US and Chinese officials are nearing completion of a trade deal after Beijing offered to lower tariffs on American farm, auto and chemical products in exchange for Washington considering eliminating sanctions against China, according to a report on Sunday.
The agreement being hashed out in talks in Washington last month is being finalized and could be reached during a meeting between President Trump and China’s Xi Jinping at the president’s Mar-a-Lago resort later this month, the Wall Street Journal reported.
But the newspaper cautioned that hurdles remains because of opposition to the deal in Beijing and Washington.
As part of the deal, China would reduce tariffs on imported vehicles to below the current level of 15 percent and increase the purchase of US goods, including an $18 billion buy of natural gas from Cheniere Energy Inc., the report said.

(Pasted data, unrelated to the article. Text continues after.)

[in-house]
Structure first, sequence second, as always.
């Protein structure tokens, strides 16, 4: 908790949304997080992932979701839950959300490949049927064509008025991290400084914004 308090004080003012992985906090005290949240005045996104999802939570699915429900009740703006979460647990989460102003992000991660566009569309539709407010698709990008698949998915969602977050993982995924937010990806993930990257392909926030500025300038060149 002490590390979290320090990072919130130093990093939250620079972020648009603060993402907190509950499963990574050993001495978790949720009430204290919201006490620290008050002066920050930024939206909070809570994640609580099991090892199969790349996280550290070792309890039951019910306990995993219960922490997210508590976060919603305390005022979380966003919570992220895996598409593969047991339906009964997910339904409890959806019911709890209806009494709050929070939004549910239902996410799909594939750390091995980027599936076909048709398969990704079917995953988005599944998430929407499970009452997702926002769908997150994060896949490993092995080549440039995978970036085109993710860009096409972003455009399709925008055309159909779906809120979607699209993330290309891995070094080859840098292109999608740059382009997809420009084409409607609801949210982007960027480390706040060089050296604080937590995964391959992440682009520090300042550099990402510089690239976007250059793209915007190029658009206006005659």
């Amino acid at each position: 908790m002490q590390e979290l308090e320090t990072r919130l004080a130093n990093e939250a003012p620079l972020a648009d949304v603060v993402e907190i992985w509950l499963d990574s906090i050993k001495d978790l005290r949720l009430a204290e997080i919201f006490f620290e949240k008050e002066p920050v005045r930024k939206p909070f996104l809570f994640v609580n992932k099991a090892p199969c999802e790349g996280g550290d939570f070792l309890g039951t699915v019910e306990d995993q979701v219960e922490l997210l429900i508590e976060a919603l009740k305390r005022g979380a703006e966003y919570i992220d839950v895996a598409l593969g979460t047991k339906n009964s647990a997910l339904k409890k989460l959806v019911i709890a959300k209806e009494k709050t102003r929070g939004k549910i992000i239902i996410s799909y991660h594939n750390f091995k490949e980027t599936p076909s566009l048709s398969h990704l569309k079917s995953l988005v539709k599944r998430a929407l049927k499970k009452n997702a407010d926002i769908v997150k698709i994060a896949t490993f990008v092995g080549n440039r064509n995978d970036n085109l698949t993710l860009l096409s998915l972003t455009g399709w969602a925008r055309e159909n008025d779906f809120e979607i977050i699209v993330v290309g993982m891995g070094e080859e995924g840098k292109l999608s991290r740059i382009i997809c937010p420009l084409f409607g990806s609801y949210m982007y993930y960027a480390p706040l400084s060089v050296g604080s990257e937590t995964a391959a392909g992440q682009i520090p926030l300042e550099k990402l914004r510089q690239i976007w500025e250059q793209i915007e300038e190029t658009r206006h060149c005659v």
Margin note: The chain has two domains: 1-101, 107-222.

Chinese officials have said in their talks that the US would need to remove tariffs on $200 billion in Chinese goods to bring the deal to a close, Bloomberg reported.
The $200 billion number is the amount the Trump administration imposed on China after Beijing responded to the US’ first round of tariffs on $50 billion worth of goods.
Other sticking points involve the timeline for removing those penalties and amending Chinese policies that give state-owned business an advantage over US firms.
The negotiators are also trying to create a process that would allow complaints from US companies be addressed, including using officials from both countries to judge disputes.
The two sides are also trying to work out allegations that China is stealing US intellectual property.